Bushi and similar can refer to:
- Bushi, a term for samurai seen in the term Bushido
- Bushi (music), a genre of Japanese folk music
- Bushi (region), a region in the Democratic Republic of the Congo
- Bushi language, a language of Madagascar and Mayotte
- A. bushi, a fungus beetle of the genus Agathidium
- Tetsuya Bushi (born 1983), professional wrestler
- Alban Bushi (born 1973), professional Albanian footballer currently playing for KF Tirana in Albanian Superliga
- Bushi Moletsane (born 1984), Mosotho footballer who currently plays as a midfielder for Lioli Teyateyaneng. Since 2003, he has won 21 caps and scored one goal for the Lesotho national football team
- Bushi Matsumura
- Bushi Nenge
- Bushi Station, a railway station on the Seibu Ikebukuro Line in Iruma, Saitama, Japan, operated by private railway operator Seibu Railway
- Bushi no Ichibun
- Kaze no Bushi, a 1961 jidaigeki novel by Ryōtarō Shiba (the author of Fukurō no Shiro) and a Toei Company 1964 color chanbara film under the same title, directed by Tai Kato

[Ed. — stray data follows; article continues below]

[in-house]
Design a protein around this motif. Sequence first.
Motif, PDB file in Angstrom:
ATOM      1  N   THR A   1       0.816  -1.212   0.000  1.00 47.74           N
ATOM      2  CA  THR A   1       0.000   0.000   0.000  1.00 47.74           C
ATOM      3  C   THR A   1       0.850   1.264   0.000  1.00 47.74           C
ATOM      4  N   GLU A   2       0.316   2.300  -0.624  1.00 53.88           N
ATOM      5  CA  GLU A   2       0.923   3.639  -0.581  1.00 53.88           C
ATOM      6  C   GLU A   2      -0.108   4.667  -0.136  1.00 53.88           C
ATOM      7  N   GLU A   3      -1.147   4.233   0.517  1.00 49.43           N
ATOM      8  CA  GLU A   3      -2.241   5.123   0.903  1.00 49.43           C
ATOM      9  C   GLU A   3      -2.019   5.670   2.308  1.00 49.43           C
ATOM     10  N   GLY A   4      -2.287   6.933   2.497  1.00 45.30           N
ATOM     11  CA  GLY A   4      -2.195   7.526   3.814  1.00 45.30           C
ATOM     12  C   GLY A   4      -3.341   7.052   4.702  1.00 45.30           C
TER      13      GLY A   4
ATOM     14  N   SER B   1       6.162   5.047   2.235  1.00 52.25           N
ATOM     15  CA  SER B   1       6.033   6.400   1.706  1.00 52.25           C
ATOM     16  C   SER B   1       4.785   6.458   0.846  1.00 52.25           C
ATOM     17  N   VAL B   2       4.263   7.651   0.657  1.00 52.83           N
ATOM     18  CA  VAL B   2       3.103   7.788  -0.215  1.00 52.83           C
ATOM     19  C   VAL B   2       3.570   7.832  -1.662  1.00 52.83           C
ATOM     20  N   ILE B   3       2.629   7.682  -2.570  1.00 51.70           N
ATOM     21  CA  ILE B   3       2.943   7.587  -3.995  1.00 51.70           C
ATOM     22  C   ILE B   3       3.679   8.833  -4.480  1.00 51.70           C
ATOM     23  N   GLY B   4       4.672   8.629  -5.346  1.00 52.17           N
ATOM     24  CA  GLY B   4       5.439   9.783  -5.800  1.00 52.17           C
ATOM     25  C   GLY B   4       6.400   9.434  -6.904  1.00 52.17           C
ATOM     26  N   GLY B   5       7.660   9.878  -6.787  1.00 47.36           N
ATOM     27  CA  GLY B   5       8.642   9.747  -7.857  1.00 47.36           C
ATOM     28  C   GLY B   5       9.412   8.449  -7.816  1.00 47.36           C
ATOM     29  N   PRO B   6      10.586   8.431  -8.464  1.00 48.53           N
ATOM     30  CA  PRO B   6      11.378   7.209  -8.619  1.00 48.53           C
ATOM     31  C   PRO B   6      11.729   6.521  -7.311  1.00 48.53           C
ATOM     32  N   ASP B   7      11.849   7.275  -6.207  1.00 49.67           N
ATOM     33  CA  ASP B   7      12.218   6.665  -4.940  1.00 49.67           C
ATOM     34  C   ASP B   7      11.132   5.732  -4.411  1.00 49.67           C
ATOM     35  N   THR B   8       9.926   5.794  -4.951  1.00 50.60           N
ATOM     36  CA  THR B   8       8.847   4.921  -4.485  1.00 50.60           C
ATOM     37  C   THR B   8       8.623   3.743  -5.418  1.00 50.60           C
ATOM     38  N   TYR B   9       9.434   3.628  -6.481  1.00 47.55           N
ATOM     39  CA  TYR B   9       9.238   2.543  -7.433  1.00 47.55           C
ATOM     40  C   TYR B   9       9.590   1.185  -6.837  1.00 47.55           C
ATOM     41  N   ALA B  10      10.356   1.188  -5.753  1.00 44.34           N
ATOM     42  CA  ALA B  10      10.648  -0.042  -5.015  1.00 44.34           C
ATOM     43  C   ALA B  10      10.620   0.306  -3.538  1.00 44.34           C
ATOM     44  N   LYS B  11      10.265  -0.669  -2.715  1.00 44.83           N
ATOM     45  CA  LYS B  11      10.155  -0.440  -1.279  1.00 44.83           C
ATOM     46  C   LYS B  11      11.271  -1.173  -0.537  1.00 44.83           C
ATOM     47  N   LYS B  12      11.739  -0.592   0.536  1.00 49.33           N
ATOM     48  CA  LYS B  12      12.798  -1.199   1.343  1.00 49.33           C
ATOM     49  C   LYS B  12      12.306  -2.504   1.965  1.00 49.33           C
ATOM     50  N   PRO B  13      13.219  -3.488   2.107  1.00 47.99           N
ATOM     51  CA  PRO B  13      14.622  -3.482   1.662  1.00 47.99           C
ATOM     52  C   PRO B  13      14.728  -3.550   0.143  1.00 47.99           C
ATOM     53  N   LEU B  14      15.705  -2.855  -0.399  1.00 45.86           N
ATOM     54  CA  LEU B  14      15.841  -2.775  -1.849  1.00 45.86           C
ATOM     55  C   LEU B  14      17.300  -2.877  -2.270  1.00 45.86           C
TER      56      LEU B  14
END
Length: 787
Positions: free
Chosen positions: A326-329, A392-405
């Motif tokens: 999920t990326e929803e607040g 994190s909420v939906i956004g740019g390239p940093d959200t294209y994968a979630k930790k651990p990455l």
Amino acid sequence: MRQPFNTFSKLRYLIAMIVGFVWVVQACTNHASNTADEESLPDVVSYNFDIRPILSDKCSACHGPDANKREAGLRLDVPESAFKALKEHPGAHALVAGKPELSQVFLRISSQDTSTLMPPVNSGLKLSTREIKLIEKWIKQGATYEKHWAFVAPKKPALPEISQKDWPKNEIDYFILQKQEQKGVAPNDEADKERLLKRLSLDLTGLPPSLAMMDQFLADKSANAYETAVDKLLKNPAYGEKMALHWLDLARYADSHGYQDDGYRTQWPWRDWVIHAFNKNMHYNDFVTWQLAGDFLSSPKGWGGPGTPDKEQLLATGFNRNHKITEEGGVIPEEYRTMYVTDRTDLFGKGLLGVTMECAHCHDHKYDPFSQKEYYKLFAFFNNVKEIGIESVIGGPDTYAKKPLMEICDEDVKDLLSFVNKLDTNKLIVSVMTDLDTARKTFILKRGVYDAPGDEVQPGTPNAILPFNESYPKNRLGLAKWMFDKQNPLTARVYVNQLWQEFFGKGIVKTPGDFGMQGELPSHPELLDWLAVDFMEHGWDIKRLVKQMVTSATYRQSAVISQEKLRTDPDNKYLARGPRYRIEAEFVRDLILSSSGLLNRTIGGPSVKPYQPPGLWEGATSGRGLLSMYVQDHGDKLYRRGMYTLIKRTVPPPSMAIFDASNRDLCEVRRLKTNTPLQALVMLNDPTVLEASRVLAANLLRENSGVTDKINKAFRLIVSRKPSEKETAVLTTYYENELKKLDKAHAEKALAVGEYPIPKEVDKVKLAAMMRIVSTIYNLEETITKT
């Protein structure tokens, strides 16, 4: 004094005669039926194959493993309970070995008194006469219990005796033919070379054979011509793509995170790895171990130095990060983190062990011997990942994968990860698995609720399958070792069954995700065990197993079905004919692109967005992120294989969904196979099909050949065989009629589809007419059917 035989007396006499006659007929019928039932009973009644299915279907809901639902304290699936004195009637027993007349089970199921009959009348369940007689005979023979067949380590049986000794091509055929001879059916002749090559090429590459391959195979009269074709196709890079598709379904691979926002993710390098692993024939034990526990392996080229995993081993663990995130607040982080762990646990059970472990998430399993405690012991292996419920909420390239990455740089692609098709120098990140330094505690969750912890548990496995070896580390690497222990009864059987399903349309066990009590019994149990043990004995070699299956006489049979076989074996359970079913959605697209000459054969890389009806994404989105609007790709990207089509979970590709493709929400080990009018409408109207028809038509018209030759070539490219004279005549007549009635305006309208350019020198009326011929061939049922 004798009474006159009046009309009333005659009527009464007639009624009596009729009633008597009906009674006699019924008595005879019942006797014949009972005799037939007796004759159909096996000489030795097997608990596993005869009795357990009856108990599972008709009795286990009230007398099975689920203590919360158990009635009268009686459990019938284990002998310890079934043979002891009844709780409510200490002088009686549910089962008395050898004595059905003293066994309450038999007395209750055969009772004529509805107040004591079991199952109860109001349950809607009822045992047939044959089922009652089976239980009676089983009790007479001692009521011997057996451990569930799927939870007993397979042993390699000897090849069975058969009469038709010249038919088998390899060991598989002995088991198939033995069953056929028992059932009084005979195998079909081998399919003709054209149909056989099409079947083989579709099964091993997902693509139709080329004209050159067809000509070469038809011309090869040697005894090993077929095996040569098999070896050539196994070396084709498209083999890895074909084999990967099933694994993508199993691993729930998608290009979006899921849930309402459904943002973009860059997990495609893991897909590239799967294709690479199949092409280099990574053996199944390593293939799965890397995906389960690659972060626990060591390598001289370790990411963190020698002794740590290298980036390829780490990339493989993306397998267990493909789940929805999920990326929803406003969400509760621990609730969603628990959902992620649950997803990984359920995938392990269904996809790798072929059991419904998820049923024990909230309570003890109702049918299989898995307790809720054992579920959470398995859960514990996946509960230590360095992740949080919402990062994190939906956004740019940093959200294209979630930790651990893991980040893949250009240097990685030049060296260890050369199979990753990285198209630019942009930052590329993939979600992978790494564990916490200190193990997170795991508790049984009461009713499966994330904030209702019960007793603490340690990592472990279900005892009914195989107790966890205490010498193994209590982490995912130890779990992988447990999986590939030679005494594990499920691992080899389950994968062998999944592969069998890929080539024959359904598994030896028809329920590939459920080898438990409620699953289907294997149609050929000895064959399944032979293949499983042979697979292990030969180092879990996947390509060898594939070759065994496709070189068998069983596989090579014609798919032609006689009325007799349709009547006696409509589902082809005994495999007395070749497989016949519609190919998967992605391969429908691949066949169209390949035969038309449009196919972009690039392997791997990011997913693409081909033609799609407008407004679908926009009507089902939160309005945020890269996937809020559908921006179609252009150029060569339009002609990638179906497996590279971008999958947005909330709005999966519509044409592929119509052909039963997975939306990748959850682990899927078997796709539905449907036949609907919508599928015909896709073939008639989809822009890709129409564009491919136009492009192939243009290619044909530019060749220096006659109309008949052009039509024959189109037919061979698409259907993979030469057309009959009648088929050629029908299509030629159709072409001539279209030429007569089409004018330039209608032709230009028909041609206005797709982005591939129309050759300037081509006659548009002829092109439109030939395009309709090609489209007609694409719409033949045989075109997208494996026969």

- Sōran Bushi, one of the most famous traditional songs (min'yō) in Japan. It is a Japanese sea shanty that is said to have been first sung by the fishermen of Hokkaidō, northern Japan
- Tankō Bushi, a Japanese folk song
Bushi is a traditional region in the eastern South Kivu province of the Democratic Republic of the Congo. It lies along the Mitumba Mountains and includes parts of the administrative territories of Walungu, Kabare, Kalehe, and Mwenga, and Uvira surrounding but not including the city of Bukavu. There are around 4 million inhabitants in the region.
The inhabitants of Bushi are the Shi people ( Shi: Bashi, singular: Mushi) and their language is the Shi language (Mashi), a Central (Zone J) Bantu language.
is a type of Japanese folk music genre.
The Japanese term , originally used in Buddhist folk music in Japan, simply means "melody". Like the generic term ondo, bushi, the voiced form of fushi, is used as a suffix for Japanese folk songs.
It is found in many Japanese traditional and folk songs, usually shamisen or sanshin songs. Some examples include: Ringo bushi, Tsugaru yosare bushi, Tsugaru aiya bushi, Tsugaru jongara bushi, , Hōnen bushi and Itokuri bushi. Yasaborō bushi is one of the most well known, and dates back over 300 years. These folk songs are most commonly heard at local festivals in Japan.